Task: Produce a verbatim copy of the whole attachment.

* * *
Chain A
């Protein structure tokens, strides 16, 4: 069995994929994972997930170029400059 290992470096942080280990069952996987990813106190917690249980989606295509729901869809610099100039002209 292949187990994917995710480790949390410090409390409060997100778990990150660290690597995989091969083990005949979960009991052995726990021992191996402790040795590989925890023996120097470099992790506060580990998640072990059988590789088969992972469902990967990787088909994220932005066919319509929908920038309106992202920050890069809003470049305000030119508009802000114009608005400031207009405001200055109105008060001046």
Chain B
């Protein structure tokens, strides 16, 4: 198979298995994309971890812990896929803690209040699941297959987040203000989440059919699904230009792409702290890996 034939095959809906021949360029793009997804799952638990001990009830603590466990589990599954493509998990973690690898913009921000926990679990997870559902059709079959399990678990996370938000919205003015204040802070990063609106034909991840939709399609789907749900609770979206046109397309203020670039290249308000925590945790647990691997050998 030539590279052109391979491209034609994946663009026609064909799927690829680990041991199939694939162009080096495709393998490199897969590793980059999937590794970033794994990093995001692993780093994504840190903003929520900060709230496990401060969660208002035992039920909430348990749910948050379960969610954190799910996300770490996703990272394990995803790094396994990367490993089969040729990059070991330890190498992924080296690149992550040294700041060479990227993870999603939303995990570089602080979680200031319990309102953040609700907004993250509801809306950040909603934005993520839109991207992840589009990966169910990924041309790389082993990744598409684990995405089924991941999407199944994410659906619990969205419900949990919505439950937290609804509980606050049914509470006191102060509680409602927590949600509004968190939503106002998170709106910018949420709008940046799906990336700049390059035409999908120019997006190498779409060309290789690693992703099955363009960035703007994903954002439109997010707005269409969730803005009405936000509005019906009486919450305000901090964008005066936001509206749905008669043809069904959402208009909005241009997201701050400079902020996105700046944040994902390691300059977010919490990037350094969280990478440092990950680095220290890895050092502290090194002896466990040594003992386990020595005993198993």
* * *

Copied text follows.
Chain A
């Protein structure tokens, strides 16, 4: 069995994929994972997930170029400059 290992470096942080280990069952996987990813106190917690249980989606295509729901869809610099100039002209 292949187990994917995710480790949390410090409390409060997100778990990150660290690597995989091969083990005949979960009991052995726990021992191996402790040795590989925890023996120097470099992790506060580990998640072990059988590789088969992972469902990967990787088909994220932005066919319509929908920038309106992202920050890069809003470049305000030119508009802000114009608005400031207009405001200055109105008060001046």
Chain B
């Protein structure tokens, strides 16, 4: 198979298995994309971890812990896929803690209040699941297959987040203000989440059919699904230009792409702290890996 034939095959809906021949360029793009997804799952638990001990009830603590466990589990599954493509998990973690690898913009921000926990679990997870559902059709079959399990678990996370938000919205003015204040802070990063609106034909991840939709399609789907749900609770979206046109397309203020670039290249308000925590945790647990691997050998 030539590279052109391979491209034609994946663009026609064909799927690829680990041991199939694939162009080096495709393998490199897969590793980059999937590794970033794994990093995001692993780093994504840190903003929520900060709230496990401060969660208002035992039920909430348990749910948050379960969610954190799910996300770490996703990272394990995803790094396994990367490993089969040729990059070991330890190498992924080296690149992550040294700041060479990227993870999603939303995990570089602080979680200031319990309102953040609700907004993250509801809306950040909603934005993520839109991207992840589009990966169910990924041309790389082993990744598409684990995405089924991941999407199944994410659906619990969205419900949990919505439950937290609804509980606050049914509470006191102060509680409602927590949600509004968190939503106002998170709106910018949420709008940046799906990336700049390059035409999908120019997006190498779409060309290789690693992703099955363009960035703007994903954002439109997010707005269409969730803005009405936000509005019906009486919450305000901090964008005066936001509206749905008669043809069904959402208009909005241009997201701050400079902020996105700046944040994902390691300059977010919490990037350094969280990478440092990950680095220290890895050092502290090194002896466990040594003992386990020595005993198993």